Projects


During 2019, I am working on a sabbatical project entitled More Than Dutiful Love: God’s Healing within the Context of Families Affected by Mental Illness.  

What is this project about?

More Than Dutiful Love addresses a major contemporary U.S. problem neglected by scholars of theology and religious leaders within congregations and fill a significant gap in the literature focusing on the intersection of theology and mental illness.

There are four main goals to the project:  

• to share stories about how mental illness impacts a larger family system, particularly siblings;

• to discuss and analyze Christian ideas informing care for people with mental illness within a larger family system;

• to draw upon empirical data and examine the context for care in the US and explore how the financial and caregiving burden is placed upon individual families;

• and, to develop a constructive and liberating theological response to mental illness from a progressive feminist theological perspective.

Why I need your help …

I am now conducting interviews with siblings of people with mental illness and will be continuing to interview people through June of 2019. 

I am interested the following themes:  whether or not mental illness was openly discussed in your family, experiences of secondary stigmatization, the importance of religious ritual or the responses of religious communities to distress and isolation, etc.     

During your initial interview you will be asked the following questions:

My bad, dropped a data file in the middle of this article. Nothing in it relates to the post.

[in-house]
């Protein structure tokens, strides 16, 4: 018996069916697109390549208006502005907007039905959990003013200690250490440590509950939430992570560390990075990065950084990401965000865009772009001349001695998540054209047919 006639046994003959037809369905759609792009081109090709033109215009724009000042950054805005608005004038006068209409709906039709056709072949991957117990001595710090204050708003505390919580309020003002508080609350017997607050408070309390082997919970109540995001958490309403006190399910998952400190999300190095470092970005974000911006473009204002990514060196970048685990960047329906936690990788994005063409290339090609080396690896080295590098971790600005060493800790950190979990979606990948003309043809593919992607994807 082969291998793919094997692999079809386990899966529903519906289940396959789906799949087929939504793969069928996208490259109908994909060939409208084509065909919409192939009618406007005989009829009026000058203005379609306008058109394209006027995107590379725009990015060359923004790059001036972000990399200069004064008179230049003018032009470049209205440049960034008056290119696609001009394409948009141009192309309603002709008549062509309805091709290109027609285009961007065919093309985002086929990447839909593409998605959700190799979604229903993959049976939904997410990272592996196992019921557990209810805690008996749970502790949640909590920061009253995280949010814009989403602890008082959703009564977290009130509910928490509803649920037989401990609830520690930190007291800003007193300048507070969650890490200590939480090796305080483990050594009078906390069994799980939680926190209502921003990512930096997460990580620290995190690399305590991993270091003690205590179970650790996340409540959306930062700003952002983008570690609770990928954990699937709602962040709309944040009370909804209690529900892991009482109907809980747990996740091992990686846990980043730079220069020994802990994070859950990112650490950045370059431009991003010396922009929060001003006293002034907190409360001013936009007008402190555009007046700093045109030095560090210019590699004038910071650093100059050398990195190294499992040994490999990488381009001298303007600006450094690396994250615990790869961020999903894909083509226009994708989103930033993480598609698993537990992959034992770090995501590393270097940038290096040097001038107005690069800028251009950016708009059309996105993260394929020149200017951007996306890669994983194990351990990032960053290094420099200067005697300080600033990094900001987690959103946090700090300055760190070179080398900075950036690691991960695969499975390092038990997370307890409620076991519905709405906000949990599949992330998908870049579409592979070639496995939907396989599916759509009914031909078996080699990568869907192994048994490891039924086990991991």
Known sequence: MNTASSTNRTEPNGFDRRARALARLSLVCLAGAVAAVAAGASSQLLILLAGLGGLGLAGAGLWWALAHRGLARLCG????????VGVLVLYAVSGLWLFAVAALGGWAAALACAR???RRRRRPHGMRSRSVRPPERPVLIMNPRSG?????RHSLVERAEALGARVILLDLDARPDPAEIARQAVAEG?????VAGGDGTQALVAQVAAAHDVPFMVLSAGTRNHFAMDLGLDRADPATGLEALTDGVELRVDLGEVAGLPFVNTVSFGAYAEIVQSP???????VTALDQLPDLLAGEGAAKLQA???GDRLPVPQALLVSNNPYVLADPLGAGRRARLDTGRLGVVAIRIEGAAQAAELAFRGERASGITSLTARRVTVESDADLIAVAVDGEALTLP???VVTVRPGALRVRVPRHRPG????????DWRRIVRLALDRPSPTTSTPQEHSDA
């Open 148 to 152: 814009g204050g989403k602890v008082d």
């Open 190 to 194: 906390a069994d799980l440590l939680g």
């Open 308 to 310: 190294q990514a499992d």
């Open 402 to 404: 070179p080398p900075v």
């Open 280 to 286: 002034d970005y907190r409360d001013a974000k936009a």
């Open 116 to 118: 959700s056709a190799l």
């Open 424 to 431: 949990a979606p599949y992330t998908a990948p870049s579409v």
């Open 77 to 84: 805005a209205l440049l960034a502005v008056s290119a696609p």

Please share your age or your age range.  

How would you like to be named in the book?  You can choose a pseudonym that can be used in public reporting on this project. All identities will be kept confidential.

How do you name or describe your gender and your own racial ethnic identity?

Explain the details of your experience of mental illness within your family and any information regarding that experience that you think is relevant to the study.

Did you or do you experience “secondary stigmatization” as a sibling/family member of someone with mental illness?  If so, in what ways?

How did you first learn about mental illness in your family? Was it talked about openly or not?

How have you and your family planned for the care of persons with mental illness in your family?  What obstacles have you or your family faced in arranging for care?

Has your experience of mental illness within your family impacted or shaped your faith and belief?  If so, in what ways?

How has your experience of mental illness shaped your concept of community, especially within the church?

What theological concepts, specific religious practices, and/or rituals sustain you and are liberating through your experience of traveling with family members who have a mental illness?

Are there theological concepts, specific religious practices, and/or rituals that are problematic in light of your experience of mental illness in your family?

Do you think any circumstances would be different if your family member/s had suffered from a physical disease as opposed to a disease of the mind?  Why or why not?

In this book, I will reflect on a variety of experiences and explore how  traditional theological approaches to healing associate healing with curing.  However, in the context of families impacted by mental illness, healing is more synonymous with presence. Intentional presence involves listening, prophetic truth telling, and walking with so that isolation, stigma, and shame no longer define the social realities of people with mental illness, their siblings, or their larger family.

Many thanks to the Louisville Institute for their support for this project.

%d bloggers like this: